Q: You are in the series to learn and then move on. How will you know when you are ready to move on and move up?

A. Luyendyk: Well, as far as moving up goes, I think the car -- At first when you get into the car, it feels very quick because you have come from a slower car. So now the quickness has kind of worn off, and you get into the car and you don't even think twice about going fast right away. And, I think the speeds don't seem as quick and you are more confident and you know a lot about how the car works, and then you are able to move on because you have basically exceeded the car that you are driving. Like last year, I did my rookie test in Kentucky in the IndyCar Series car, and after I drove that I felt very comfortable in the IndyCar Series car, so I didn't really want to get back into the Infiniti Pro Series car. But there is so much to be learned, as well, and as far as racing technique and restarts and doing all the things in the race scenario, once you get the swing of things then you are able to move on.

Q: Do you feel you are getting close?

A. Luyendyk: Yes, I think I could have gotten to an IndyCar Series car this season if we had the budget behind us. But I wanted to stick it out and do another a year in the Infiniti Pro Series because I learned so much last year, and this year we obviously have a full schedule, so now I get to go to many more tracks that I have never seen before, like, for example, Pikes Peak. I have never been there before, and Homestead, I have never driven on the oval there. So it was nice to learn the new tracks, and now I am very comfortable with the car, and I feel like I could get into an IndyCar Series car as soon as possible.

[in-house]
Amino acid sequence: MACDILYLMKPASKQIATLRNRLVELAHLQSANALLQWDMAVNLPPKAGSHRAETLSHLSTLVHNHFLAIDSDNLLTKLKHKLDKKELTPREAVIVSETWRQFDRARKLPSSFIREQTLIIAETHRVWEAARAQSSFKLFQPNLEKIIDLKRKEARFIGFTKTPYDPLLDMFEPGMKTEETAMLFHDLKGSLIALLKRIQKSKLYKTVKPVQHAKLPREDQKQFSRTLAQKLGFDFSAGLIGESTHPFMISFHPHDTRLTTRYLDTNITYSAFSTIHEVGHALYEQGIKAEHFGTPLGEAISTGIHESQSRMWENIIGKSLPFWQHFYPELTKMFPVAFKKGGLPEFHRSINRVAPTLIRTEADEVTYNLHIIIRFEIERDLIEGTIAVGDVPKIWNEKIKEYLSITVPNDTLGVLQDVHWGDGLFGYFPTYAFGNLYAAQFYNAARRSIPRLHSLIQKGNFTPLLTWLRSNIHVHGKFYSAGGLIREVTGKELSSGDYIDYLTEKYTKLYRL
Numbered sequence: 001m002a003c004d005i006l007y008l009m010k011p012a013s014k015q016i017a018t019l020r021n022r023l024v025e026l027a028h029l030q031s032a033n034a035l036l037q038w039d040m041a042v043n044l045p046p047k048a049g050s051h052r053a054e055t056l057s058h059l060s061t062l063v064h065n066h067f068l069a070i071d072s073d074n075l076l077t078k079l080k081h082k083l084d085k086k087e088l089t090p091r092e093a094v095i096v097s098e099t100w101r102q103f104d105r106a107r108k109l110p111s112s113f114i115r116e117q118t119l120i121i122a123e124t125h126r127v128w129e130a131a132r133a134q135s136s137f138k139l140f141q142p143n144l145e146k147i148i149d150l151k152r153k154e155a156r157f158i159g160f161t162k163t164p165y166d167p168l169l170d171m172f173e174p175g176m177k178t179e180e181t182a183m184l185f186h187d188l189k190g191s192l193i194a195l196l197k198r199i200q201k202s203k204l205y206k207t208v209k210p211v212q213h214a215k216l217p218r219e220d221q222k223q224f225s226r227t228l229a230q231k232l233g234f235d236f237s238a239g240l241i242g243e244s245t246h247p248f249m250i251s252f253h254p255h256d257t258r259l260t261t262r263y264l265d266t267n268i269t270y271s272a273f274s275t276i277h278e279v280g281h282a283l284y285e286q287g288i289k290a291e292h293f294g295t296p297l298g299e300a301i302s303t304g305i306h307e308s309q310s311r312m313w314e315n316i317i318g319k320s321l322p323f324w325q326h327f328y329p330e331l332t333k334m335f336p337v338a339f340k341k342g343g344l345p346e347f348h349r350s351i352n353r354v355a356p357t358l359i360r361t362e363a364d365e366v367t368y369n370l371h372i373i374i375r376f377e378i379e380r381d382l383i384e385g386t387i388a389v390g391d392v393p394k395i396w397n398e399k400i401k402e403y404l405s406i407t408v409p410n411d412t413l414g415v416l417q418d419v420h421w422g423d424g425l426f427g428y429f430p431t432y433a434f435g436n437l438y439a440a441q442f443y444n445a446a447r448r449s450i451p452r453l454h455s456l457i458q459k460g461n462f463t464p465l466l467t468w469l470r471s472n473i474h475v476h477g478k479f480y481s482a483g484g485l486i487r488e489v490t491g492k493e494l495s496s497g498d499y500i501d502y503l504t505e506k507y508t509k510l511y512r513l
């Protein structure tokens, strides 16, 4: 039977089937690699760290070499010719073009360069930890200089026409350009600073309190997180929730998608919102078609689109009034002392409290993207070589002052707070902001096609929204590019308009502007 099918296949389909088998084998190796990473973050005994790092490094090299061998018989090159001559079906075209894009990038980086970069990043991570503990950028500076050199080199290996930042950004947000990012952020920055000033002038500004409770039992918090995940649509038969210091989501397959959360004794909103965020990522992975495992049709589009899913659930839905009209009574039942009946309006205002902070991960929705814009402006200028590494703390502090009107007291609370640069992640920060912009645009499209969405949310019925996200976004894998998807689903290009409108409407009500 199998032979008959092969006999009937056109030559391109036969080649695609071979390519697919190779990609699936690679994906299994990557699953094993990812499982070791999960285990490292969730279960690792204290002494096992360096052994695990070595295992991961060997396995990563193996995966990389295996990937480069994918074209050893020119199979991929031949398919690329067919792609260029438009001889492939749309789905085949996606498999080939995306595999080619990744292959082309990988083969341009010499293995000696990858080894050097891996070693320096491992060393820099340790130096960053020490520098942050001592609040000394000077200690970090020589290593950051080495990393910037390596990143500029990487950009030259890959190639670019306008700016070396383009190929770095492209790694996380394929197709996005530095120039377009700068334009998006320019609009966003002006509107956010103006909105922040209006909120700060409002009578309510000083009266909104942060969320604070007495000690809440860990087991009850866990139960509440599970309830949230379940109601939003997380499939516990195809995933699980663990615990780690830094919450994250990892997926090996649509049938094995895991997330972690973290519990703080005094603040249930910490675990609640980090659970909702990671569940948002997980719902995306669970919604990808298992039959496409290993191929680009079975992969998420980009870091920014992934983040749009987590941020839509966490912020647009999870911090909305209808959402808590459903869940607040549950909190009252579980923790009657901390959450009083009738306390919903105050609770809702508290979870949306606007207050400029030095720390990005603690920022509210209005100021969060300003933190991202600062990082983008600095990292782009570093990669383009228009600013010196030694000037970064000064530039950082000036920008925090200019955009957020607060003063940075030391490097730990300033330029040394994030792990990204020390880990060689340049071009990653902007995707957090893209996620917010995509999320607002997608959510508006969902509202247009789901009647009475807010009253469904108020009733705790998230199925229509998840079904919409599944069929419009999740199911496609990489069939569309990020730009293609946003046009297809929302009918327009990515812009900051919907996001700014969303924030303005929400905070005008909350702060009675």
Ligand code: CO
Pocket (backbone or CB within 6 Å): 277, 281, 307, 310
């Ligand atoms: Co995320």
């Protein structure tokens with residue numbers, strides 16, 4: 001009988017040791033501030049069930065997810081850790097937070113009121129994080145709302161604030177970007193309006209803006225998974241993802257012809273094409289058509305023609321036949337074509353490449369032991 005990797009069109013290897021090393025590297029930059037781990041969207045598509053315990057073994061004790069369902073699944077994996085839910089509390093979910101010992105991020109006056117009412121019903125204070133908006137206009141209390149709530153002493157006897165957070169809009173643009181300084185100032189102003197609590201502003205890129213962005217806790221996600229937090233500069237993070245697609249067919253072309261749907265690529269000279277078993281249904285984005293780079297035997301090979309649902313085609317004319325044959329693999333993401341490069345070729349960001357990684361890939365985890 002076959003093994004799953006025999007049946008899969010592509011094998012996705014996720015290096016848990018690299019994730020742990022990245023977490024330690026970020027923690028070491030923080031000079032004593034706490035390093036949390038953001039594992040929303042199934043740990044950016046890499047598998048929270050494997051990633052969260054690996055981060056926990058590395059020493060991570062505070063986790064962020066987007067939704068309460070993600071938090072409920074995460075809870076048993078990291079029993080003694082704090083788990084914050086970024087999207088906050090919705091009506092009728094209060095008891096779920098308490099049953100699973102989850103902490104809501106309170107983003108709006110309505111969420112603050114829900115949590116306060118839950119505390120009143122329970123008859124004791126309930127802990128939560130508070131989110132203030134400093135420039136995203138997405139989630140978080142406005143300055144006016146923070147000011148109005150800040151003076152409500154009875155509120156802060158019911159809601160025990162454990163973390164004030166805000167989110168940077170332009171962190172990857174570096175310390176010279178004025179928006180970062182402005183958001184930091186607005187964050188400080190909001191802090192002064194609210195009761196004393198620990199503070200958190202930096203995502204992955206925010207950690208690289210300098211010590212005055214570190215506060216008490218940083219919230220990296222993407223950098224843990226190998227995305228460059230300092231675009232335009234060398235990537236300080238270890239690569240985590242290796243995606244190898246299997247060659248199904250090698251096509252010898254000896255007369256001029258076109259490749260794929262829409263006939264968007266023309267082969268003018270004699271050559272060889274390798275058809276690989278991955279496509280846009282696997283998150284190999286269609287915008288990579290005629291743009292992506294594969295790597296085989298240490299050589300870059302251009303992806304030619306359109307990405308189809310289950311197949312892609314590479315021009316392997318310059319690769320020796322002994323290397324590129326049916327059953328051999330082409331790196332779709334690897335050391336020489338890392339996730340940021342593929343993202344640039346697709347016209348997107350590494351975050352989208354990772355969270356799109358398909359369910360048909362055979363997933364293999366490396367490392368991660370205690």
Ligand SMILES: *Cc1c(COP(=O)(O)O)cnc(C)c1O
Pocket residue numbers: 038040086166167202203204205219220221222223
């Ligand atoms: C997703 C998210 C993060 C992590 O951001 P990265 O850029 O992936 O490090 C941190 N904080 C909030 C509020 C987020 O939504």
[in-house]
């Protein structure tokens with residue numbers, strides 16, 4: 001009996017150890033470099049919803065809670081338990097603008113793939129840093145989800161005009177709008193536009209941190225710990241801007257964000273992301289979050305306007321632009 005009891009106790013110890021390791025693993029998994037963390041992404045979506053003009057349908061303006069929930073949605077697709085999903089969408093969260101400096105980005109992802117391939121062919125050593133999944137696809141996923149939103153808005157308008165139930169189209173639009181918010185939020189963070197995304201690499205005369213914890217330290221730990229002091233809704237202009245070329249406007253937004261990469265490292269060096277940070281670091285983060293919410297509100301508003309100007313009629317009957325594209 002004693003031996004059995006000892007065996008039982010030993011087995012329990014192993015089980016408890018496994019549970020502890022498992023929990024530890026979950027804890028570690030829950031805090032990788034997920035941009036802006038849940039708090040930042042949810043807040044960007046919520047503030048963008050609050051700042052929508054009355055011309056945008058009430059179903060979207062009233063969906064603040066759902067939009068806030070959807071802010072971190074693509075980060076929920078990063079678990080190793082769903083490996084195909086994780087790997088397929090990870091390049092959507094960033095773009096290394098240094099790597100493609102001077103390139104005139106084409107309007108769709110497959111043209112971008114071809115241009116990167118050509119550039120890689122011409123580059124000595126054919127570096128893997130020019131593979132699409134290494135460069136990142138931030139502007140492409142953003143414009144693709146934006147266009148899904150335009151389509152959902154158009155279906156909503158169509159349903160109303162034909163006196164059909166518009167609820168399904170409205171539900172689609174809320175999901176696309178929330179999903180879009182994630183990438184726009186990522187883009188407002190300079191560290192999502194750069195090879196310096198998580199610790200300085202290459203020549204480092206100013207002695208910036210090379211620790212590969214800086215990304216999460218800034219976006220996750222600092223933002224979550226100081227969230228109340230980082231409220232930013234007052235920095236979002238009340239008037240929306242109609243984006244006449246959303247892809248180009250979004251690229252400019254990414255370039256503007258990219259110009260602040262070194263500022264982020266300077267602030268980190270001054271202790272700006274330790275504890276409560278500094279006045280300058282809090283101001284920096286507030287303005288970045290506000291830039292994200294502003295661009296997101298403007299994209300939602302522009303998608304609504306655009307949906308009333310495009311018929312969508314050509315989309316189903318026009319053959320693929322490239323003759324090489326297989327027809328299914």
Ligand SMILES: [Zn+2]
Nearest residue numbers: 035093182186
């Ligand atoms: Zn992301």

Q: You tested in the IndyCar Series. How big a jump was it? How different was it?

A. Luyendyk: At first, it felt different because getting up to speed in an IndyCar Series car is difficult, because the slower you go the less downforce it creates, which is with every race car. But in the IndyCar Series car you really feel it. So if you are going around the track at 190 miles an hour it actually feels more uncomfortable than going to 150, for example. So that was the step to learn how to go quickly. Then, once you got up to speed, it actually felt as comfortable as my Infiniti Pro Series car. And I think the Infiniti Pro Series car really developed me to the point where it was very easy to get into an IndyCar Series car.

Q: How tough has it been for you to not want to make the jump too soon?

A. Luyendyk: I am 21 now, and I feel I could have made the jump last year, but we have to get everything in line. There are so many more things to racing than just being prepared yourself. You have to get, obviously, the funding. You have to have people notice you. I mean, I am trying to work hard. I am doing well at these races, and sometimes the race weekend doesn't go good, and you feel bad because it reflects upon you. I would just love to get a couple of wins under my belt and show everyone the talent level that I have because I think that I am prepared to get into an IndyCar Series car and race anybody out there. So, I really would like to get a win under my belt and get the sponsors in line and shoot for the IndyCar Series next year.

Q: Arie, three of the first four races were on the 1-mile ovals, and then you had Indy. Now you are going to the 1.5-mile track. What does it take to do well on the longer tracks compared to the 1 miles?